Ishiyamadera and a little bit of Literature・石山寺とほんの少しの文学 【英語版】

Last year, inside the train on my way to work, I happened to see an advertisement poster that had the interesting line “Haru wa agemono” (In Spring, the deep-fried food). This is a pun on the first sentence of “Makura no Soshi” (The Pilow Book), written by a court lady of Heian Period know as Sei Shōnagon, which starts with the words “Haru wa akebono” (In Spring, the dawn). What I find interesting is that (lame?) puns with literary references like this one have been part of the Japanese daily life since a long time ago, and during our visit to Ishiyamadera Temple I couldn’t help but think about this.


IMG_2125 (800x533) (2)

The main hall of Ishiyamadera is the oldest structure in the prefecture and also a National Treasure. Being popular since its foundation, many illustrious historical figures visited it and, among those, maybe the most known is another court lady (and Sei Shonagon’s rival) Murasaki Shikibu, who is said to have started writing her most famous work, “Genji Monogatari” (The Tale of Genji) during her visit.


I’ll go back to the two of them soon enough, but first lets talk about what brought us to this temple. Truth be said, it was my second time, but the first time I went there was during winter. Some plum trees bloomed early and I even took this picture that is my cellphone wallpaper to this day.



If you have ever been to some temples in Japan, you probably saw that some of them have their gates guarded by the Niō, a.k.a. Kongōrikishi. These are sculptures that symbolize the guardians of Buddhism who protect the temples. By the way, the ones at Ishiyamadera were sculpted in the late 11th century and are considered Important Cultural Properties of Japan.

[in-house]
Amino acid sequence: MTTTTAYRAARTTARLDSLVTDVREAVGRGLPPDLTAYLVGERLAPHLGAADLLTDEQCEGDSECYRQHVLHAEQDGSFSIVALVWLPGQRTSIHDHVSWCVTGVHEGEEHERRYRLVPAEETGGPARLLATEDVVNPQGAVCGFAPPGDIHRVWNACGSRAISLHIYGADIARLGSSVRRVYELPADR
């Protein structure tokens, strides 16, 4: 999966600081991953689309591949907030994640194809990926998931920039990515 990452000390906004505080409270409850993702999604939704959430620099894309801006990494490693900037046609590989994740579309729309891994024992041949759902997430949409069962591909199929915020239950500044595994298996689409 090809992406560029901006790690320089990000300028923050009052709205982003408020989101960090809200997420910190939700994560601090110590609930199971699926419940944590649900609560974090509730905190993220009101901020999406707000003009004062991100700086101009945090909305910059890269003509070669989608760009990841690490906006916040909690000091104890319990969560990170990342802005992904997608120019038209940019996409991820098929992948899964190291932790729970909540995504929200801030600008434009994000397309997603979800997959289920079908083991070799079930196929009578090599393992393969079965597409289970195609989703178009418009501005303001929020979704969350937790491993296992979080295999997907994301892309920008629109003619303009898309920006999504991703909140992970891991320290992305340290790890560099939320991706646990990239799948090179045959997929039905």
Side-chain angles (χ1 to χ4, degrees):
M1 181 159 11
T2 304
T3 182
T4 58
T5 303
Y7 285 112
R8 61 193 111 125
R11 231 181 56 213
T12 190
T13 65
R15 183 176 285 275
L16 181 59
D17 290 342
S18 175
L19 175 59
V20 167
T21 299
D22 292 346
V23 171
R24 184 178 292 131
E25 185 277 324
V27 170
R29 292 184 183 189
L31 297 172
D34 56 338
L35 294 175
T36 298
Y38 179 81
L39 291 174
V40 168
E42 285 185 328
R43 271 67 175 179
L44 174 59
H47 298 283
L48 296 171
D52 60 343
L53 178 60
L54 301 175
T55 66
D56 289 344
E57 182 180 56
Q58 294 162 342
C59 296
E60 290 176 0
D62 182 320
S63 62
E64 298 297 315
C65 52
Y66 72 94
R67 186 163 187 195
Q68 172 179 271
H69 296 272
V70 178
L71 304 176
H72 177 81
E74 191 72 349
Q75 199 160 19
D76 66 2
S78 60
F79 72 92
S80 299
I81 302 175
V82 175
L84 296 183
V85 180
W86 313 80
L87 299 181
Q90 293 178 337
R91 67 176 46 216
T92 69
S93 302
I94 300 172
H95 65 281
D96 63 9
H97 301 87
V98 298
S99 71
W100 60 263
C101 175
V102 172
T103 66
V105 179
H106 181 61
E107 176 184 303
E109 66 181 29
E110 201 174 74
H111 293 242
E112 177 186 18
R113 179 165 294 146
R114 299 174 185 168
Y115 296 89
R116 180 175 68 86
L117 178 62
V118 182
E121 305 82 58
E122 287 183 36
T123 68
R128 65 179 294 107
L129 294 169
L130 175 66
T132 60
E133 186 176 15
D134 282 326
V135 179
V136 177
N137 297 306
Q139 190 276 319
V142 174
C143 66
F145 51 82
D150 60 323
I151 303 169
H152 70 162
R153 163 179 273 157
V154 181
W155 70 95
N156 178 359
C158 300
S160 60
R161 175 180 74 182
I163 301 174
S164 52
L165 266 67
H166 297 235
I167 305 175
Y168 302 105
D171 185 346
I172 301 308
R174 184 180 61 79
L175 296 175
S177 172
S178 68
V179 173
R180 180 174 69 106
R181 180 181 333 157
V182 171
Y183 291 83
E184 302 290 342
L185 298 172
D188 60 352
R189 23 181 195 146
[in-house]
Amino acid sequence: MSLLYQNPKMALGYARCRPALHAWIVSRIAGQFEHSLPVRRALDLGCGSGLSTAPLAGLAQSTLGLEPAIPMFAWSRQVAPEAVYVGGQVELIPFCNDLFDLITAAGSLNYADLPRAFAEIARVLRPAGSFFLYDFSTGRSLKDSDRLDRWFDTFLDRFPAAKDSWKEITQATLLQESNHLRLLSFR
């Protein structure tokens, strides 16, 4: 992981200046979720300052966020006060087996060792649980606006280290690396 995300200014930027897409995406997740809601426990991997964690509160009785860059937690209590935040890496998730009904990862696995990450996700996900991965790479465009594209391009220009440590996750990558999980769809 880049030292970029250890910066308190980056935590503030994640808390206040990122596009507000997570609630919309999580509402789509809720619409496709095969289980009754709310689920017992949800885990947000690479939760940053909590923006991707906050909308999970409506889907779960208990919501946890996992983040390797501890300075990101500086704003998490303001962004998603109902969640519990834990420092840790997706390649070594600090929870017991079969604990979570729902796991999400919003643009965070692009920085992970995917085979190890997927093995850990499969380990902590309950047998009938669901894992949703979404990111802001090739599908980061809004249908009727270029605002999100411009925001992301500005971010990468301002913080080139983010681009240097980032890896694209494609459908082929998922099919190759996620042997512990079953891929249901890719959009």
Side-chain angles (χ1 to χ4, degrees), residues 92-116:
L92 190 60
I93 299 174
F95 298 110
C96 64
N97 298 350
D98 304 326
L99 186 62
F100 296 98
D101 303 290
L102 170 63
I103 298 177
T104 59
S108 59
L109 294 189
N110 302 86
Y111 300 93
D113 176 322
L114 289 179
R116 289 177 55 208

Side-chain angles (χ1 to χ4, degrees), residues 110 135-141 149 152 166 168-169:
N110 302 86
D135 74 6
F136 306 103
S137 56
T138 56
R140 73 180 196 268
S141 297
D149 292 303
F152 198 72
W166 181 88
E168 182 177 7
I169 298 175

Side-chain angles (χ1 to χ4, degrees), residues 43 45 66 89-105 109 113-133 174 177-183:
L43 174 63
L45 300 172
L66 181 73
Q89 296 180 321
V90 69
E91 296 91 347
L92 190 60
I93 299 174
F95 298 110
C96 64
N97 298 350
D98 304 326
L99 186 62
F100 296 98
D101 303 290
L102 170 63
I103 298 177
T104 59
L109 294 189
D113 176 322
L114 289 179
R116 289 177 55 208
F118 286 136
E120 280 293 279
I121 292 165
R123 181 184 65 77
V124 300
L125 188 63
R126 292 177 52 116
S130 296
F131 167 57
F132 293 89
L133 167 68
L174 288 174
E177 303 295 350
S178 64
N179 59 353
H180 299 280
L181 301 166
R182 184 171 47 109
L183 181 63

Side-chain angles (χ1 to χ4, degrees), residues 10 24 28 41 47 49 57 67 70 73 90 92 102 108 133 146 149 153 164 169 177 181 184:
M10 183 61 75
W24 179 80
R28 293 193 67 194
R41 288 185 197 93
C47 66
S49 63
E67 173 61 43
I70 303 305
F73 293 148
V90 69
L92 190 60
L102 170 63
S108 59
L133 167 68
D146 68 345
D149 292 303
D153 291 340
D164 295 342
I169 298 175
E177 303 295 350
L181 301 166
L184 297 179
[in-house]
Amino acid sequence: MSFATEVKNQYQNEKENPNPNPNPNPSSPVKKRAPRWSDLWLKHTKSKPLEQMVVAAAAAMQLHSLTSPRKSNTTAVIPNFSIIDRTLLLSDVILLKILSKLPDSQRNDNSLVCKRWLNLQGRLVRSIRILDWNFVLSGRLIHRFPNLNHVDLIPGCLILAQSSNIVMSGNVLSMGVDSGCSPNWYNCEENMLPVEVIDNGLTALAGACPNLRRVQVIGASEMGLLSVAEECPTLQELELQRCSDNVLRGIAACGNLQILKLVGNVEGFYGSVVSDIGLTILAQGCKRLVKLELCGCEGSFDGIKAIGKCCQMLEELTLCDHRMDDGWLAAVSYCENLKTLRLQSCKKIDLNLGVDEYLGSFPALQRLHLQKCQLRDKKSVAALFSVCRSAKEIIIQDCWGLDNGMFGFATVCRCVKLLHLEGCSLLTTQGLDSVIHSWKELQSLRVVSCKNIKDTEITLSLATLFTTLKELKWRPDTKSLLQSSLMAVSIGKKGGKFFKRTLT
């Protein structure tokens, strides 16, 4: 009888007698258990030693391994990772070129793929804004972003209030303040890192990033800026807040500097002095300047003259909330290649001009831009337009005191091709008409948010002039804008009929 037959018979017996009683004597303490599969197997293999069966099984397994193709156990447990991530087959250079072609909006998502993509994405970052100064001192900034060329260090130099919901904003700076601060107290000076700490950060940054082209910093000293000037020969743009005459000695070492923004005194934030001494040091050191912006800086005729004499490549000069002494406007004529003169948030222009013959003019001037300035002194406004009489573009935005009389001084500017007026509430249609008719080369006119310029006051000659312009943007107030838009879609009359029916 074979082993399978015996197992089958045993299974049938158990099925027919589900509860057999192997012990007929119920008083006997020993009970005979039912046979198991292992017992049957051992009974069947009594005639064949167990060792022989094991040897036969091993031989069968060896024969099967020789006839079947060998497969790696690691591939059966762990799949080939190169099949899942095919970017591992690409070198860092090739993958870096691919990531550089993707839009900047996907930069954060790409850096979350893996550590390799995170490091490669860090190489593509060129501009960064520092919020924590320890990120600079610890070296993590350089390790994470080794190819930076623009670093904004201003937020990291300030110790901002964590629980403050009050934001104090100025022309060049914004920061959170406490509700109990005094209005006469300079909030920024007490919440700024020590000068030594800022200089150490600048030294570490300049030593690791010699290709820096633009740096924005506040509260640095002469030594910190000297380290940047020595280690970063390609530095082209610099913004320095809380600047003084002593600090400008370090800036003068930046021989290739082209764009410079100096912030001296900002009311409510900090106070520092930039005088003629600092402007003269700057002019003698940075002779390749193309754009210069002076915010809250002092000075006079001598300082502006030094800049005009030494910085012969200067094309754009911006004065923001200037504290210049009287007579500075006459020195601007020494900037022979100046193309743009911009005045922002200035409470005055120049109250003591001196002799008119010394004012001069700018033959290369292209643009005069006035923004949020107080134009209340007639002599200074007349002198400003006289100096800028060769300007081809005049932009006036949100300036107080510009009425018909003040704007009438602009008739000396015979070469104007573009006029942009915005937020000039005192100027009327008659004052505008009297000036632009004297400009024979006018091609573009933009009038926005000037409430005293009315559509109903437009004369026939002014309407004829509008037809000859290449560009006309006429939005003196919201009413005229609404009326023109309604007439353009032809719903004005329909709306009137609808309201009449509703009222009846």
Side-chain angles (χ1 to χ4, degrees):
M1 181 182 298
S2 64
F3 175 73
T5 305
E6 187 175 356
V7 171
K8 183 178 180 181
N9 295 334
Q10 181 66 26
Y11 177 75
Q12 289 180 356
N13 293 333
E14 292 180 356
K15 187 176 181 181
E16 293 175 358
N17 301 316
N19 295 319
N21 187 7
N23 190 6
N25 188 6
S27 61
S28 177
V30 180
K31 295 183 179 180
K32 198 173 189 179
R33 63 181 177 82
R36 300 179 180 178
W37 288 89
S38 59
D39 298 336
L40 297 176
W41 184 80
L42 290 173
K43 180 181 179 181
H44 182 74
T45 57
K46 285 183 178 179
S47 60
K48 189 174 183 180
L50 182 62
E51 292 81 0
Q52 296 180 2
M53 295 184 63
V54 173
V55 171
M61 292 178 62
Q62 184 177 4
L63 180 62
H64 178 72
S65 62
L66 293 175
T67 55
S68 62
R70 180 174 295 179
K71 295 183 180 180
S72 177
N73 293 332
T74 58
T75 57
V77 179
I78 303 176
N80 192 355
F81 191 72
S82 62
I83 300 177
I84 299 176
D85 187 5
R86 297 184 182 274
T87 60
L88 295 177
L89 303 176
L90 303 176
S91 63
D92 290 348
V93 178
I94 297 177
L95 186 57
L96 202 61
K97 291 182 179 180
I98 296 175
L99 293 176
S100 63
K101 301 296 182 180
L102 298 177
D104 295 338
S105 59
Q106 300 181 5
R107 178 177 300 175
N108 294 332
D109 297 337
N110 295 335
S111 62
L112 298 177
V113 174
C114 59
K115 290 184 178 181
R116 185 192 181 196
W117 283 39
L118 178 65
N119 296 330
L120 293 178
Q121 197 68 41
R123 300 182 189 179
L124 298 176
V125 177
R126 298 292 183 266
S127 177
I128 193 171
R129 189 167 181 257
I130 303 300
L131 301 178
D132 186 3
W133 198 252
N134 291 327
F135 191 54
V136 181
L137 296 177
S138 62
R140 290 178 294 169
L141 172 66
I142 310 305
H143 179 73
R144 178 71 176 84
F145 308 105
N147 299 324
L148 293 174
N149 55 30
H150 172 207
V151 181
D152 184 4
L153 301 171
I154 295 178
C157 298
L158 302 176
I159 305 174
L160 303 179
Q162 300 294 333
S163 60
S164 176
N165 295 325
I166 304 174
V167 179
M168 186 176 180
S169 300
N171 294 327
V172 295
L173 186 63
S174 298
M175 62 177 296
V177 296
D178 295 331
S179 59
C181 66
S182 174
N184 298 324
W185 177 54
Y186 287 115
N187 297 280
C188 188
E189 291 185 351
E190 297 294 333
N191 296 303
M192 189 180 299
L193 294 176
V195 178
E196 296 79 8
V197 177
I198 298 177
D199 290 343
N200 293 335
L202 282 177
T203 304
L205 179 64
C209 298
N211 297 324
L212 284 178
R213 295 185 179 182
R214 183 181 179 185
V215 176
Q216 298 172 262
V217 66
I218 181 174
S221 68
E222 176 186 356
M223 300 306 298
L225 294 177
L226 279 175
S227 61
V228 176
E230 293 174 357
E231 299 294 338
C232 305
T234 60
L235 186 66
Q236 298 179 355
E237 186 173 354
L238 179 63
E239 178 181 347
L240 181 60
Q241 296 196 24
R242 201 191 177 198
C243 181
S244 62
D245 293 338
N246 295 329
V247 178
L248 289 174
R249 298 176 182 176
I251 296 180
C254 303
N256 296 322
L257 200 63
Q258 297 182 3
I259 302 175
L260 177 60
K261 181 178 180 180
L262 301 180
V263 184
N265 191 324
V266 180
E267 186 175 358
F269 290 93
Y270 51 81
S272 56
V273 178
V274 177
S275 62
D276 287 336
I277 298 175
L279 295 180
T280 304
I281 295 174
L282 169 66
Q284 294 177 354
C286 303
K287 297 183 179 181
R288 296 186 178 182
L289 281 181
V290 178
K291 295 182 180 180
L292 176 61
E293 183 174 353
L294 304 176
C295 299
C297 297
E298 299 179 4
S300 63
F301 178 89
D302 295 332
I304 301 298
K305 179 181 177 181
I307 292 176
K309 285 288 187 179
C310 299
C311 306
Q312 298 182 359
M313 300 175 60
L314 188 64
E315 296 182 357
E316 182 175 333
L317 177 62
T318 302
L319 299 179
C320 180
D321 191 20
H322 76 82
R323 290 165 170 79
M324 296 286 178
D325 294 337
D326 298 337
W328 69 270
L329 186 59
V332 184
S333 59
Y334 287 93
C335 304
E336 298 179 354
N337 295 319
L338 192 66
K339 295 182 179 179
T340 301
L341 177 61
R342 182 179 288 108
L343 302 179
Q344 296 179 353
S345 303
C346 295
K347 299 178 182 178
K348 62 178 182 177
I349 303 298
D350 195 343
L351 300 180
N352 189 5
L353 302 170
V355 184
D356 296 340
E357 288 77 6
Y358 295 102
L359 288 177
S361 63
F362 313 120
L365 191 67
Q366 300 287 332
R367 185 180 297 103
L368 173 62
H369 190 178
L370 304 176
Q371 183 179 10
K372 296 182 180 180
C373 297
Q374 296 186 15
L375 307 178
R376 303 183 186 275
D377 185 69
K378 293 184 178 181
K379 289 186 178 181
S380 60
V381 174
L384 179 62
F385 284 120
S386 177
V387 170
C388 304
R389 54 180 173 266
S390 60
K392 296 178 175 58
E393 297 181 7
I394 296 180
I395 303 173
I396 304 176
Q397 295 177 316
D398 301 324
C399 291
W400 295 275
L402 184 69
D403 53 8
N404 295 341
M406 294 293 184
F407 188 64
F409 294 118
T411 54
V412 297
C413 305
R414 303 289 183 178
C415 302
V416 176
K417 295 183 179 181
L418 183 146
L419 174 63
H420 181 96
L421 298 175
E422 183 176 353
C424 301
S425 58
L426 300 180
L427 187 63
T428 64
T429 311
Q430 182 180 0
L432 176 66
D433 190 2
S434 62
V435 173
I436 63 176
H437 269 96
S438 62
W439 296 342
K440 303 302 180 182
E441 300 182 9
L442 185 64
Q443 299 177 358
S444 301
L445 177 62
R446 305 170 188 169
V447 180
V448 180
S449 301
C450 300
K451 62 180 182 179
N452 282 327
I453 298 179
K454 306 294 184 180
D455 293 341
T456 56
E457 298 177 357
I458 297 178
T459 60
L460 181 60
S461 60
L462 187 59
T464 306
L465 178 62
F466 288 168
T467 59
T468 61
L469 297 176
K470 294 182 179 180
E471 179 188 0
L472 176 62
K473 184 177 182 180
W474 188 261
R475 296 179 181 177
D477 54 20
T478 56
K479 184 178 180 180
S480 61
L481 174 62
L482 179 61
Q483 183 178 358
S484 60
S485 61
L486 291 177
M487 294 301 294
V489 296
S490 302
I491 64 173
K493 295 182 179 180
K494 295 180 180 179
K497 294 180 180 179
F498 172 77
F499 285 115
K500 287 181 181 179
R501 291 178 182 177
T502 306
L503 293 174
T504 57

IMG_2098 (800x533) (2)

Crossing the gates you will be on the way to the temple, which is surrounded by trees that look amazing during both Spring and Fall. At the entrance you will also see this little pond with koi fish:


Follow the path and take the stairs to get to this open space where they sometimes hold exhibitions. We where lucky enough to see some plum blossom bonsai (bonbai).


The main hall is right ahead, just after some short stairs, and was also decorated with bonbai.


IMG_2127 (533x800)

Something I gotta say: Wear comfortable shoes and clothes (don’t wear a suit like I did). The temple is atop a cliff (kinda), so there are lots of stairs and ramps. On the other hand, climbing them you will be able to see places like this:



Up ahead (and back to the literary talk) there’s a small hut where the Haiku poet Matsuo Bashō supposedly composed some poems with Ishiyamadera as a theme, and googling a little bit about this, I found this one:



akebono wa
mada murasaki ni

the sunrise
still purple
a cuckoo sings

The sunrise is still tinted with shades of purple that reminds us of spring, but the poetic persona hears the sound of a cuckoo, a bird that only comes during summer.


This poem was composed at Ishiyamadera, which was already pretty famous as the place of birth of Genji by the time of Bashō’s visit, but alludes to Sei Shōnagon, Murasaki Shikibu’s greatest rival.


I don’t have proof, can’t say it’s true and I’m probably going too far by saying this, BUT could Bashō have composed this as if saying “So, I’m at Ishiyamadera, but I’m actually thinking about Sei Shōnagon”? If so, that would totally explain the face of Murasaki Shikibu’s bronze sculpture inside the temple grounds.


I have heard a lot about how Sei Shōnagon would write a blog if she was born again in this time and age. That being so, I want to believe that Bashō would be an internet forum troll, posting cheeky comments on Murasaki’s fan page.


IMG_2151 (533x800).jpg

How to get there

Keihan Ishiyama-Sakamoto Line, 15 min walk from Ishiyamadera station

Entrance fee

Adults / children over 13


children 13 and under



From 8:00AM to 4:30PM


Leave a Reply

Fill in your details below or click an icon to log in: Logo

You are commenting using your account. Log Out /  Change )

Facebook photo

You are commenting using your Facebook account. Log Out /  Change )

Connecting to %s